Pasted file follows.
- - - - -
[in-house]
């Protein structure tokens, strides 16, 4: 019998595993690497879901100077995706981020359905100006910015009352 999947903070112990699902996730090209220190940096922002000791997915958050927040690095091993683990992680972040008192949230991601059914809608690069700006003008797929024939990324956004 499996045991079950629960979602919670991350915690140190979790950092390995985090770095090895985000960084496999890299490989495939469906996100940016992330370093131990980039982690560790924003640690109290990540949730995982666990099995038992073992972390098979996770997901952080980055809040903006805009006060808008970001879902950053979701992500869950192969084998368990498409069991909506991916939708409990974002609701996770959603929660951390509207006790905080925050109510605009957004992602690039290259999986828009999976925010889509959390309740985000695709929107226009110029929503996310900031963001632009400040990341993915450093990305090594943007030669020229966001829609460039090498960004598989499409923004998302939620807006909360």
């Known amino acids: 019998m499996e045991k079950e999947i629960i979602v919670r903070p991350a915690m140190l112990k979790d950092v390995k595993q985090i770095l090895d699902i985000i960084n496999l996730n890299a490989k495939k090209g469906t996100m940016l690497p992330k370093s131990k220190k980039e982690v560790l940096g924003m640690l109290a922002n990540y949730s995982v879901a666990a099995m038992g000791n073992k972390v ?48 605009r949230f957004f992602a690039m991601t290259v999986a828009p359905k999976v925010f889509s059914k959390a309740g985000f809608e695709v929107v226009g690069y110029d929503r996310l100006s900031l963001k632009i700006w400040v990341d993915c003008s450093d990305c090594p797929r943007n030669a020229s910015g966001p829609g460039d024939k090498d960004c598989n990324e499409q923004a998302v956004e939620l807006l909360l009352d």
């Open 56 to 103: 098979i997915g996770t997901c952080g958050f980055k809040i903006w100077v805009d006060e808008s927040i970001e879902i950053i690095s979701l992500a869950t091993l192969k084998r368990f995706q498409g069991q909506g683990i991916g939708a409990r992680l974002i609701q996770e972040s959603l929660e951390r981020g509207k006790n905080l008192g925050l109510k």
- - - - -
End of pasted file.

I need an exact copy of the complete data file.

[in-house]
């Protein structure tokens, strides 16, 4: 019998595993690497879901100077995706981020359905100006910015009352 999947903070112990699902996730090209220190940096922002000791997915958050927040690095091993683990992680972040008192949230991601059914809608690069700006003008797929024939990324956004 499996045991079950629960979602919670991350915690140190979790950092390995985090770095090895985000960084496999890299490989495939469906996100940016992330370093131990980039982690560790924003640690109290990540949730995982666990099995038992073992972390098979996770997901952080980055809040903006805009006060808008970001879902950053979701992500869950192969084998368990498409069991909506991916939708409990974002609701996770959603929660951390509207006790905080925050109510605009957004992602690039290259999986828009999976925010889509959390309740985000695709929107226009110029929503996310900031963001632009400040990341993915450093990305090594943007030669020229966001829609460039090498960004598989499409923004998302939620807006909360």
């Known amino acids: 019998m499996e045991k079950e999947i629960i979602v919670r903070p991350a915690m140190l112990k979790d950092v390995k595993q985090i770095l090895d699902i985000i960084n496999l996730n890299a490989k495939k090209g469906t996100m940016l690497p992330k370093s131990k220190k980039e982690v560790l940096g924003m640690l109290a922002n990540y949730s995982v879901a666990a099995m038992g000791n073992k972390v ?48 605009r949230f957004f992602a690039m991601t290259v999986a828009p359905k999976v925010f889509s059914k959390a309740g985000f809608e695709v929107v226009g690069y110029d929503r996310l100006s900031l963001k632009i700006w400040v990341d993915c003008s450093d990305c090594p797929r943007n030669a020229s910015g966001p829609g460039d024939k090498d960004c598989n990324e499409q923004a998302v956004e939620l807006l909360l009352d």
């Open 56 to 103: 098979i997915g996770t997901c952080g958050f980055k809040i903006w100077v805009d006060e808008s927040i970001e879902i950053i690095s979701l992500a869950t091993l192969k084998r368990f995706q498409g069991q909506g683990i991916g939708a409990r992680l974002i609701q996770e972040s959603l929660e951390r981020g509207k006790n905080l008192g925050l109510k």